Whose responsibility is it to build the nation; those who have stronger claims to its ownership or those with weaker claims? What is the justification for these differential claims, and how relevant are they? Remember, beside the Western notion of nations superintended by elected governments, we have other claims to ownership, like traditional chiefs, masvikiro, etc.
These have legitimate claims to ownership of their respective patch of the nation.
How their claims and their attendant powers of control of common resources have evolved over time is an interesting phenomenon in its own right.
From an African perspective, there’s the saying that “nyika vanhu”.
A nation is its people. In this idea, “people” denotes the relational links we have as a people: our structure, ideas and actions in the process of coexistence.
Kuvaka nyika (building a nation) would mean the fostering and building of relationships and networks of kinship that ensure the endurance and sustenance of the tribal way of life.
“Nyika ivhu” denotes the centrality of land and the physical ecosystem to the survival of mankind.
“Kuvaka nyika” in that sense denotes the careful stewardship of the physical environment.
In a recent conversation with anthropologist Dr Zvakanyorwa Sadomba, I learnt that in pre-colonial Shona culture, a person would claim dominion over a piece of land by a process called “kupinga nyika”.
By this process, the person, who would be designated owner of that land, entered into a sacred covenant with Mwari (God), to be entrusted with ruling the land, under specified conditions.
Those conditions specified the relationship of the people with each other, and with the physical environment that represented Mwari.
There would be dire consequences if the covenant with Mwari was broken.
Back to post-land reform Zimbabwe, “nyika inovakwa nevene vayo” may be a stirring exhortative, normative rallying cry.
But it sounds empty when you hear people say, “nyika yaenda nemaChina“.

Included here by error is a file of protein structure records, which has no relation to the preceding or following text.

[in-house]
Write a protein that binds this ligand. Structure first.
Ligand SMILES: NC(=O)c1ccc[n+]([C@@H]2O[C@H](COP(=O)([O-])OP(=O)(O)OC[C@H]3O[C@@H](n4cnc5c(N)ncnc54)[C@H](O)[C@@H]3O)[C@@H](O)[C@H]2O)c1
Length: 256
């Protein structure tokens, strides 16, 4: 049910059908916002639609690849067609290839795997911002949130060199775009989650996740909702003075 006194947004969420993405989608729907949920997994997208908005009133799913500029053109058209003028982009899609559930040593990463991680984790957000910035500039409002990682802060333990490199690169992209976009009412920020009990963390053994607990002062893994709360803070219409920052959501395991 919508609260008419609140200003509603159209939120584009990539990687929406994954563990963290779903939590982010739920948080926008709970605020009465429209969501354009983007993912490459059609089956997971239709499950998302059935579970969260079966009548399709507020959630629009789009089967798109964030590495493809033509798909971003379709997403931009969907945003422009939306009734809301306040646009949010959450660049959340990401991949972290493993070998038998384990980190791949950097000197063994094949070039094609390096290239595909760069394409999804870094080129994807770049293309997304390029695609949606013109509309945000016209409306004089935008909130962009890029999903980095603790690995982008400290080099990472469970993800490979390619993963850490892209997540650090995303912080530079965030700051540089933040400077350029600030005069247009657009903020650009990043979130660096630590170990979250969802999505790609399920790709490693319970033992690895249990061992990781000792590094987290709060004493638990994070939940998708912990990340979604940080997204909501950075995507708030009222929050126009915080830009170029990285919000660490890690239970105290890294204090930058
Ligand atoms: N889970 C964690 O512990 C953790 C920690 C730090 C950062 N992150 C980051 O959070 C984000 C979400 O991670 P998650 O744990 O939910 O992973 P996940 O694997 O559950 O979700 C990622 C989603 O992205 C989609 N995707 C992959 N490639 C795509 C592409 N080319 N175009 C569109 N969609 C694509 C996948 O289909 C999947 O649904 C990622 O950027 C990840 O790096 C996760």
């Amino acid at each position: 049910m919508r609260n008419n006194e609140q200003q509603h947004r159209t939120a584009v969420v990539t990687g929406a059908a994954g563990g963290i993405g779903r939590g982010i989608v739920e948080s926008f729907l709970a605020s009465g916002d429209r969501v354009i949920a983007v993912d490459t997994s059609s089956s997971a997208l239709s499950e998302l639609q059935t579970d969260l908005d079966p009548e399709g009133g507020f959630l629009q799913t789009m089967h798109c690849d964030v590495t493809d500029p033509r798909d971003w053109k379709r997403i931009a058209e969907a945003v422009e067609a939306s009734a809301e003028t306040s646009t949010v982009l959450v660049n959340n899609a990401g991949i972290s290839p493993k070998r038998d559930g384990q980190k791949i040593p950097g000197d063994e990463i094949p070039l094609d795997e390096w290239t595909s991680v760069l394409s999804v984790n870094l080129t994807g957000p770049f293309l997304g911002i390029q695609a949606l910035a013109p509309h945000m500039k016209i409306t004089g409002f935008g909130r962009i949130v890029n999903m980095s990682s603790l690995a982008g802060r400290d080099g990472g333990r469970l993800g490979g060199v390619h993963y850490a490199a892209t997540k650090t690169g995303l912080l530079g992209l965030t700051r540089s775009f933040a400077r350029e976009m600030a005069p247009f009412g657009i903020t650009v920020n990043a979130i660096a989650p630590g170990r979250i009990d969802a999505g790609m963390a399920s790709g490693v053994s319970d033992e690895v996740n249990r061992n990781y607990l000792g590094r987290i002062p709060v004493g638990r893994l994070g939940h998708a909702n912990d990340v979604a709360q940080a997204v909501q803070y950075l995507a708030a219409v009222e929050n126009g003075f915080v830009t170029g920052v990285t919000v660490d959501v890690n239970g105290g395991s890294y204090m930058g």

As I mentioned before, Rhodes and his bandits felt like they owned this country, and they acted like they owned it.
In fact they pretty much owned it, carved it up among themselves, exploited its resources.
But they were concerned by its regeneration, its renewal.
That’s why they held onto it when common sense should have told them that “time is up”.
Do we, as the new owners of this country, really own it? Do we behave as if we own it? Do the Chinese own it? Do they behave as owners should behave? Where there’s no sense of ownership, there’s an absence of accountability, and a spiralling and disturbing tendency even by those who claim ownership of the country to “game the system” by extracting as much wealth as possible while one still has the chance.
When you truly own something, and you are secure in your ownership, you nurture that thing.
When you don’t, you rape and pillage.
Never mind the words, our actions prove whether we believe that we truly own a resource.
Looking around the country, the destruction of the physical environment does not look like the actions of owners.
When you hear people say, “Mwari akatsamwa”, it means there’s a dissonance between “nyika vanhu” and “nyika ivhu” and the link between the human world and the spirit world.
When you hear people say, “hapana kwatiri kuenda” it’s an admittance by the “people” that there’s a disarticulation between where they are and where they want to be.
The road is blocked, the pace is slow and the journey is wearying.
Many are losing heart.
“Nyika inovakwa nevene vayo” is an excellent idea, of which I agree 100%.
But nation building is not just about catchy phrases, bright colours, innovative slogans, and imaginative put-downs of your enemies.
It is about the creative immersion in the science, art and practice of unlocking human potential.
It is about building structures in which purposive exchange of ideas and knowledgeable action is possible; aggregation of sound ideas which can influence action; and disciplined action oriented towards progressive problem solving.
Inovakwa nevene vayo!
- Magwiroto Lecturer at the University of Zimbabwe, Department of Community and Social Development, Faculty of Social and Behavioural Sciences.